Anne eventually remarried. More than 20 years after the assault, she and her husband attended the baptism of a family member’s baby. When they entered the church, located in the Archdiocese of Milwaukee, Anne was stunned to see the deacon conducting the baptism. Shaking, she fled from the pew to the vestibule, and her husband followed. “I turned to my husband and said, ‘It’s him,’” Anne recalls.

She tried to stay to witness the baptism, but couldn’t. She and her husband later checked the parish’s website and found that the deacon was also a paid staff member at that parish, a different one than he served at the time of the assault. Even today, she wonders if the pastor knows the deacon’s full history, and if he’s still being “closely monitored” in this current role. She is concerned that the scrutiny of priests has not extended to deacons, and is very skeptical that the Archdiocese has honestly confronted the full reality of clergy sexual abuse of adults.

Lingering Trauma

Raised in a large family, Anne was abused as a child by a close family member. She learned as an adult that several siblings endured this abuse as well. These experiences from her childhood and the abuse in adulthood have had long-term effects. Anne suffers from anxiety and PTSD. She relives the trauma every time she hears news of sexual abuse in any context, from Theodore McCarrick and Catholic composer David Haas to the Michigan State team doctor, Larry Nassar, and Bill Cosby.

Despite her experiences, Anne loves the Catholic faith. As a teenager, she attended a spartan Catholic boarding school for girls and then a Catholic college. Each became a place of safety after her difficult home life, and in both places she met wise, caring faculty whom she credits with bringing her closer to God. But Anne does not list herself as Catholic when she enters the hospital for medical procedures; she’s fearful of who might suddenly enter her room to bring Communion or perform Anointing of the Sick. And she chooses not to address priests as “Father,” viewing it as too paternalistic. “It just automatically puts all your sensibilities in a childlike trust,” she says. “That trust may not be warranted. You need your eyes much more open.”

In recent years Anne has learned much more about the psychology of sexual abuse; she can now recognize some of what the deacon did and said as grooming behaviors, designed to manipulate her and set the stage for abuse. She is glad that children now receive education about sexual abuse. “If I had grown up with this kind of preparation, I would have had the support to tell someone,” she says, “and I might have been believed.”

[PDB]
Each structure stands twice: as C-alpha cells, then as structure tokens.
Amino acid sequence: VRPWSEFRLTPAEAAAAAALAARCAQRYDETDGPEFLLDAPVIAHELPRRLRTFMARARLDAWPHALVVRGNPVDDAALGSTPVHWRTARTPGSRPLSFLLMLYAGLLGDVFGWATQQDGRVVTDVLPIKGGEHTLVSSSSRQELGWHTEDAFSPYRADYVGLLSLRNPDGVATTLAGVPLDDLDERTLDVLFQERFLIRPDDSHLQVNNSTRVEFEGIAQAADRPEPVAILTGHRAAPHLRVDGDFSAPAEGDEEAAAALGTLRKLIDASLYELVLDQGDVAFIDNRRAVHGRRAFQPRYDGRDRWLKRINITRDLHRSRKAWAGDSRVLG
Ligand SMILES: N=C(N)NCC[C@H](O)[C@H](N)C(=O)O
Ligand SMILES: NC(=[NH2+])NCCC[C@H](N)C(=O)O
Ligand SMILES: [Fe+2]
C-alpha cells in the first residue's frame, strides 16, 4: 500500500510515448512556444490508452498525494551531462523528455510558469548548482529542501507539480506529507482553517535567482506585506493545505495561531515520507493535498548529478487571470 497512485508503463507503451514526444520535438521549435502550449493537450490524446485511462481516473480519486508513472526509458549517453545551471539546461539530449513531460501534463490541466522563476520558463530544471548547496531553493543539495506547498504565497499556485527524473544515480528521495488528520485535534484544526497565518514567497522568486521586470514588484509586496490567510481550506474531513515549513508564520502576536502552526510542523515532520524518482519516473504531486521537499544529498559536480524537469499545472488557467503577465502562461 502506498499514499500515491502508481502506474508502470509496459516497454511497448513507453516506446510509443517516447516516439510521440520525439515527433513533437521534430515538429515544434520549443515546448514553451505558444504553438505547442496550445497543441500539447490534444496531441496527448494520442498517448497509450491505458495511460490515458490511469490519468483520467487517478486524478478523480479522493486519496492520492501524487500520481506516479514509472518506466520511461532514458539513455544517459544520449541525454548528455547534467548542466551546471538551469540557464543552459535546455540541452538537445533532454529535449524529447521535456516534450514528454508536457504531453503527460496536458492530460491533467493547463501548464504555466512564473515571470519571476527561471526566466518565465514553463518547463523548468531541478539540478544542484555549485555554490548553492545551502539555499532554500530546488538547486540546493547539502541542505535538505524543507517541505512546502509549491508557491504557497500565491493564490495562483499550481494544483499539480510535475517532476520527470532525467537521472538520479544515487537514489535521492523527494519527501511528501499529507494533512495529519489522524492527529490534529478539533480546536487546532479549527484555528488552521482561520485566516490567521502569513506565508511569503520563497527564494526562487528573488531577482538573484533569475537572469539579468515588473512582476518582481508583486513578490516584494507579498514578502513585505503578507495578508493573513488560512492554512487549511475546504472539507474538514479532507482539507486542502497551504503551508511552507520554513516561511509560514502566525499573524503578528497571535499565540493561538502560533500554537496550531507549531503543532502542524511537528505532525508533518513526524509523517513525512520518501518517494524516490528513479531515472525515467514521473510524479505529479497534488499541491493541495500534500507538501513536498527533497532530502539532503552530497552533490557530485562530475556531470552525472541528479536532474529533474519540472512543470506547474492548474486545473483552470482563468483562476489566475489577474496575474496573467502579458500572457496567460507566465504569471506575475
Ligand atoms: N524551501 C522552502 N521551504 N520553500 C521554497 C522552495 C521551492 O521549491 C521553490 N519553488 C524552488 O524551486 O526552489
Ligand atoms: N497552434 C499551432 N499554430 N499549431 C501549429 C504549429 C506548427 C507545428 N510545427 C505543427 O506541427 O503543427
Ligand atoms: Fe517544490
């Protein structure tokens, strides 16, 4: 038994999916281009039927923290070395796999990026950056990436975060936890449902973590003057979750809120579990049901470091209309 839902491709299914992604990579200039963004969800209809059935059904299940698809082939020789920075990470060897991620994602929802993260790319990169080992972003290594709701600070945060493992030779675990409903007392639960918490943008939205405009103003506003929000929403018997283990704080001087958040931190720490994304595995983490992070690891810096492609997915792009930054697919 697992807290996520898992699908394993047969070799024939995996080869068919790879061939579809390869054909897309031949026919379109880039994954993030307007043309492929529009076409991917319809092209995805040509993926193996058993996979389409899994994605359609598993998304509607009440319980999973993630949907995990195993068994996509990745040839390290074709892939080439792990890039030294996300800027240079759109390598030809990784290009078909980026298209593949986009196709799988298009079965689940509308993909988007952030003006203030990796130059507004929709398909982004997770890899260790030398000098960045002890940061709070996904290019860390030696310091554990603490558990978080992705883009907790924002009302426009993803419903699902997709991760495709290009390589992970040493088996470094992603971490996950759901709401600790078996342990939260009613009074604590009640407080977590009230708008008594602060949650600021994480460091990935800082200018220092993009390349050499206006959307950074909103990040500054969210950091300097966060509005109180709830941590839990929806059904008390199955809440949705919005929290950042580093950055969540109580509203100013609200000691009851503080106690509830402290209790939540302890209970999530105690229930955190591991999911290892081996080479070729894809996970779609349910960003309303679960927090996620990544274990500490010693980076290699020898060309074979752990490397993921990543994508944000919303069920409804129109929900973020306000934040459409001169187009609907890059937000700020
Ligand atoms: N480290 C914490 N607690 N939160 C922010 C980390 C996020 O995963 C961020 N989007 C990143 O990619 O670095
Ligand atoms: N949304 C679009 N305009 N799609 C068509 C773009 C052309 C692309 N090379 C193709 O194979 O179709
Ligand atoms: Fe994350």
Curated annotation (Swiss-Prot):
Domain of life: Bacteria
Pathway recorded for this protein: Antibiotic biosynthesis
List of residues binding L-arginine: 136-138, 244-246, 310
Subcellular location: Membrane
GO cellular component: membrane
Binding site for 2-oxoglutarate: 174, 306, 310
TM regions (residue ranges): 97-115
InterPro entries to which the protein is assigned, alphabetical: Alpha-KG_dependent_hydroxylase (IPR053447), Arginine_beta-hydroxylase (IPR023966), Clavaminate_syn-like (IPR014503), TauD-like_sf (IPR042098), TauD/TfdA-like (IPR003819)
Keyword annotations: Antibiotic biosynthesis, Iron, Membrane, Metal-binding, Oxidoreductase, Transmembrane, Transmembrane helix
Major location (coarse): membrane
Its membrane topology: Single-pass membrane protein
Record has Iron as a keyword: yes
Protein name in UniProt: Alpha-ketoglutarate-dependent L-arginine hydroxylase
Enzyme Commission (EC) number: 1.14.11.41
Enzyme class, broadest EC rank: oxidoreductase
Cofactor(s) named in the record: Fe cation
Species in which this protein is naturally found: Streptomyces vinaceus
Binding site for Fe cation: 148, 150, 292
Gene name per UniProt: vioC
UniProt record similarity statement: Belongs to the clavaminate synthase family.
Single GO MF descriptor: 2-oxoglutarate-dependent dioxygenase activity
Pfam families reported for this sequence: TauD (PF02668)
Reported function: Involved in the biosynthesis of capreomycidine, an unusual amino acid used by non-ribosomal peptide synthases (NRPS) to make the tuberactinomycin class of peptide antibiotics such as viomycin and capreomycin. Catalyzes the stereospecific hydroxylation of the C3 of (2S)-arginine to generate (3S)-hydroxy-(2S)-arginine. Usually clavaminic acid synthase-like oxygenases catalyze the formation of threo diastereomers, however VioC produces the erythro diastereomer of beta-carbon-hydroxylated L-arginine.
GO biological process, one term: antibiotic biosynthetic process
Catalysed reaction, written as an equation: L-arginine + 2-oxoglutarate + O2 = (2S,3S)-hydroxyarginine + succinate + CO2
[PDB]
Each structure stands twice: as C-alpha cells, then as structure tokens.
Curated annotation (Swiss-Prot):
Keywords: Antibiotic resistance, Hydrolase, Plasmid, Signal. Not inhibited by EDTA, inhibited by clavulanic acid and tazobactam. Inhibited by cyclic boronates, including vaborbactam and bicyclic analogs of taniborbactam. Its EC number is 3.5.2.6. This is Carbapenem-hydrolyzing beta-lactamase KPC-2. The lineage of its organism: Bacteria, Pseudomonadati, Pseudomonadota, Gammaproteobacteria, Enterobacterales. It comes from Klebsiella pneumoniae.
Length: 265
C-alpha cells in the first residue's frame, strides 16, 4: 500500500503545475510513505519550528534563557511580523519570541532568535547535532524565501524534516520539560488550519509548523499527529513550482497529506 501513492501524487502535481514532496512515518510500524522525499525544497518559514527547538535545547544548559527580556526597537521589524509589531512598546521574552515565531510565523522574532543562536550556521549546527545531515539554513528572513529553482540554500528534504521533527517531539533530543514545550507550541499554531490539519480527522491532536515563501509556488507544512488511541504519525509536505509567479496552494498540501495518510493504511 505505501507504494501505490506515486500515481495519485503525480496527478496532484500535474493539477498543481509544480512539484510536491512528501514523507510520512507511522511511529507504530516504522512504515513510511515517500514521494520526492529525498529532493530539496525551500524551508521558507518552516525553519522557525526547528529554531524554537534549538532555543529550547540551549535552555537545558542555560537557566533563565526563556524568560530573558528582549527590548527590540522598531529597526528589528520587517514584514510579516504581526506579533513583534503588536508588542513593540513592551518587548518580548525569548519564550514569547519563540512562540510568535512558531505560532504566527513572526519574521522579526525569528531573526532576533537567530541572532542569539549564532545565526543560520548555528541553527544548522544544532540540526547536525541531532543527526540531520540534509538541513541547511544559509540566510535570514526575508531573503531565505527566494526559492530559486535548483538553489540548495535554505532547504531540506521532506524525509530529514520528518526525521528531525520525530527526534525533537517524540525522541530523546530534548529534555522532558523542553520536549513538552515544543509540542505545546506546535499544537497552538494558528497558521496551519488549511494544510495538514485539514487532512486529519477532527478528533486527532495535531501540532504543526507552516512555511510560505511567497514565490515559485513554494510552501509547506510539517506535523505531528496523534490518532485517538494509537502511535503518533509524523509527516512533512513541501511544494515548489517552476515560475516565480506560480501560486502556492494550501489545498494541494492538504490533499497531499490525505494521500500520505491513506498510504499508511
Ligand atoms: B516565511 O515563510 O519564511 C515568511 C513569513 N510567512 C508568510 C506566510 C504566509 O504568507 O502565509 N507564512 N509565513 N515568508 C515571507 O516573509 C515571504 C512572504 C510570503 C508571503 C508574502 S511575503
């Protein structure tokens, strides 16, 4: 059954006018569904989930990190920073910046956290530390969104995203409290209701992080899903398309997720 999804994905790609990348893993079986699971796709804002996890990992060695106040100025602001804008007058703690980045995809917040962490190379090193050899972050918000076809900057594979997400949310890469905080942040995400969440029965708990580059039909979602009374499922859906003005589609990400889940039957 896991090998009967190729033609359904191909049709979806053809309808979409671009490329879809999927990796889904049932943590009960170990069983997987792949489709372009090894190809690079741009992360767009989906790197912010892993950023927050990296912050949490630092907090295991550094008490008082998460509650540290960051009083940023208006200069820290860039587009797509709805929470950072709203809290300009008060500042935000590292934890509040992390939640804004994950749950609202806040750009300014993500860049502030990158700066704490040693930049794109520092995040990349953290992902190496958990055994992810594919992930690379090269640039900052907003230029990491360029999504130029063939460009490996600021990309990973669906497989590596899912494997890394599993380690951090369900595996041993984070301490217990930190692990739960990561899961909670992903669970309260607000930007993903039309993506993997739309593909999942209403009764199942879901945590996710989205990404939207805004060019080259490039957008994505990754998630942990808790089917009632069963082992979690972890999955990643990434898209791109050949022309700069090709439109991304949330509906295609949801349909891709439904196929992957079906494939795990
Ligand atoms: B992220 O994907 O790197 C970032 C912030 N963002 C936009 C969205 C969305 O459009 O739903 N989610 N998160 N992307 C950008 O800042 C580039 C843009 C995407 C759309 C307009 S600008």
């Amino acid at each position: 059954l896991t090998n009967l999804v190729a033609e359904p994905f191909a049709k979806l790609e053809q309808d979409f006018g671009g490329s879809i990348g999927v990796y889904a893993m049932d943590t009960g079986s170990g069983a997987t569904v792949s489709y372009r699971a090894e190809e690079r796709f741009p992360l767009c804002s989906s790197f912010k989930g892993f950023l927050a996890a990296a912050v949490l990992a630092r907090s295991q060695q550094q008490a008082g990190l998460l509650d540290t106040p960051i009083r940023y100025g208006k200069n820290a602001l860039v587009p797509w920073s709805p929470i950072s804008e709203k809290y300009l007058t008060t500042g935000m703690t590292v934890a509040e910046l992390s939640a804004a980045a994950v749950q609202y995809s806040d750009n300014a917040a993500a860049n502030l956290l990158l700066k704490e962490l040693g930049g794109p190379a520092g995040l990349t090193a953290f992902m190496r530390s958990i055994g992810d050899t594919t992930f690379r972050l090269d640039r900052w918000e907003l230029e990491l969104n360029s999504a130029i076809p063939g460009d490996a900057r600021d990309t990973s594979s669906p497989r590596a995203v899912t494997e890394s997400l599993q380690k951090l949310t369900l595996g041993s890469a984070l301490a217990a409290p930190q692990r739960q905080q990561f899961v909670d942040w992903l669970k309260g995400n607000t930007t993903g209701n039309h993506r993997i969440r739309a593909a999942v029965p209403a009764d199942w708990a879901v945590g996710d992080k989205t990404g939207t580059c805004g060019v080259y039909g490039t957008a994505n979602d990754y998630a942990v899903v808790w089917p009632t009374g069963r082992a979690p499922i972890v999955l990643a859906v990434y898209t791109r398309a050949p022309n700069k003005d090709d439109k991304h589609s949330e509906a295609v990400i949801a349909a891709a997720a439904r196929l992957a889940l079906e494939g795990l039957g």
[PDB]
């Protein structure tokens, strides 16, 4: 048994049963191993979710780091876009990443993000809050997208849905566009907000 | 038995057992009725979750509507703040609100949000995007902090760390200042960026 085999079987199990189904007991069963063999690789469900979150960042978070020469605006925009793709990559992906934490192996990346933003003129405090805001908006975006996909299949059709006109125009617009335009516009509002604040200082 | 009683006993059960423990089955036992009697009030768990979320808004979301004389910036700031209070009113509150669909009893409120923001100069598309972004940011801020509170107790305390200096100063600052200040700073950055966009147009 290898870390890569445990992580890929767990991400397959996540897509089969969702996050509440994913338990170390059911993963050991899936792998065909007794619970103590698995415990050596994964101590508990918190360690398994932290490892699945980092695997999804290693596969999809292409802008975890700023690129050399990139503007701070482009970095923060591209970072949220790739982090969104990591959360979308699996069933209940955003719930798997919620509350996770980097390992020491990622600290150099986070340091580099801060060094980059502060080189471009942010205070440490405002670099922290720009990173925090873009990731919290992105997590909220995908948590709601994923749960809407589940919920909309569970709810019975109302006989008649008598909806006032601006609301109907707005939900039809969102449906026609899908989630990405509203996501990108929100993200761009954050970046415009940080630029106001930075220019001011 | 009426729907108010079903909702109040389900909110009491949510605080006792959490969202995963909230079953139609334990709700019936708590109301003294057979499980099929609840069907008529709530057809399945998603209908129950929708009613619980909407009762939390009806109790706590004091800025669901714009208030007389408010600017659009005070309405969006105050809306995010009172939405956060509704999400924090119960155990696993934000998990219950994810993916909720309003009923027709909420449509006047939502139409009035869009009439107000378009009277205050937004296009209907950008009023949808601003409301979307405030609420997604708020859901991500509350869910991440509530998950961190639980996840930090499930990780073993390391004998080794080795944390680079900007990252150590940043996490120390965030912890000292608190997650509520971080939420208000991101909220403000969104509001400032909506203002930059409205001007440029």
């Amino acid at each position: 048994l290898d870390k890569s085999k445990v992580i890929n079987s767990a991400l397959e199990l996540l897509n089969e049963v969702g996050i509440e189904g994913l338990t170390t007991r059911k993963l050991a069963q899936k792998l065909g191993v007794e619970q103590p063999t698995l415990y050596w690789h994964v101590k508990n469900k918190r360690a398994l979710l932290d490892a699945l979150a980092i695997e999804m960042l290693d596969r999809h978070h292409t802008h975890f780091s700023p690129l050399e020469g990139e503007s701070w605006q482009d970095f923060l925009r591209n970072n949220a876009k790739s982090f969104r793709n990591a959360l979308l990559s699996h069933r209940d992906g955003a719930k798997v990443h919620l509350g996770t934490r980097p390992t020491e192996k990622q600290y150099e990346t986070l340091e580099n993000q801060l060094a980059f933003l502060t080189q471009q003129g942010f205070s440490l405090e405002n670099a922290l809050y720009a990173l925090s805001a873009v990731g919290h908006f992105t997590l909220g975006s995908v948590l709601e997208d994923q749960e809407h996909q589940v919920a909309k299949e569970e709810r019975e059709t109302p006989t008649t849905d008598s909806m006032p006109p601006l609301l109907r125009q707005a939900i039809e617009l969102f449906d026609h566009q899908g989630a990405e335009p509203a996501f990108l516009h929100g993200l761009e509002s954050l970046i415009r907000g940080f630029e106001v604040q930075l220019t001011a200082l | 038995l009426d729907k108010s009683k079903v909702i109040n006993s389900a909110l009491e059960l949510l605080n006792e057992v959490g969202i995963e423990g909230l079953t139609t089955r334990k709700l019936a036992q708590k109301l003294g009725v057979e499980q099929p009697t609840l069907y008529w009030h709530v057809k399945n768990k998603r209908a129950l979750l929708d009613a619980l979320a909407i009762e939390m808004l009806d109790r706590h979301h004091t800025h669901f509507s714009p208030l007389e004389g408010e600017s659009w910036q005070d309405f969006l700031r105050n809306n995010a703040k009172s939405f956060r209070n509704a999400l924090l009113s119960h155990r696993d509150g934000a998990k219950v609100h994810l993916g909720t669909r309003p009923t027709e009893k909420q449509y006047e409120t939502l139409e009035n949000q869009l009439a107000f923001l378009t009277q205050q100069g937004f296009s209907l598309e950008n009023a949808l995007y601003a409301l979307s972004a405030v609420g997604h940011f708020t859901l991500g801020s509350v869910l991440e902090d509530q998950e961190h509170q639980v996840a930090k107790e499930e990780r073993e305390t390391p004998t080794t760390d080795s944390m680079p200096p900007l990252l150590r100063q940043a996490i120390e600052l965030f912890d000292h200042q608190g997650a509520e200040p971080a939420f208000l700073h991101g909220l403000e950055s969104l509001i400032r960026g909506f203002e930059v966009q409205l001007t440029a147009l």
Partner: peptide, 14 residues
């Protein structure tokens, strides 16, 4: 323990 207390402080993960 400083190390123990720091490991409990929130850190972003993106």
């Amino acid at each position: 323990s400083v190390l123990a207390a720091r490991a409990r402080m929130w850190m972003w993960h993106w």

Anne says that she decided to tell her story now in an effort to bring light to the tragedy of sexual abuse of children and adults. “Even if you’re not hearing survivors’ voices,” she says, “it doesn’t mean we’re not here.”

And she’s glad to have found a place where her story can be heard. “Alone I feel powerless,” she says. “But the multiple strong voices of Awake give me the courage to address these issues. Together we can make change that I don’t think I can hope for on my own.”

—Erin O’Donnell, Editor, Awake Blog

Note from Awake: We extend heartfelt thanks to Anne for sharing her story. We also want to acknowledge that every survivor’s path is different. We honor the journeys of all survivors, and are committed to bringing you their stories.

If you or someone you love has experienced sexual abuse, you can receive support through the National Sexual Abuse Hotline, 800-656-4673, which operates 24 hours a day. In Milwaukee, you can contact one of the Aurora Healing Centers at 414-219-5555. If you seek support from the Catholic Church, contact the Archdiocese of Milwaukee’s Victim Assistance Coordinator at 414-758-2232. Also, Awake is always open to listening to and learning from survivors and their families. We invite you to reach out to us if you would like to connect.

2 thoughts on “Survivor Story: Even If You’re Not Hearing Survivors’ Voices, It Doesn’t Mean We’re Not Here.

  1. “Anne” thank you for sharing your story. There is so much wrong with this story that I thought my head might explode. It demonstrates the need for continuing to push for justice for adult victims. He should never have been returned to ministry, nor should you have ever been told that his wife was the victim. How incredibly insensitive, incorrect and demeaning. I hope this deacon is finally permanently removed from ministry.

    Blessings to you on your journey. You have overcome a lot. Bravo!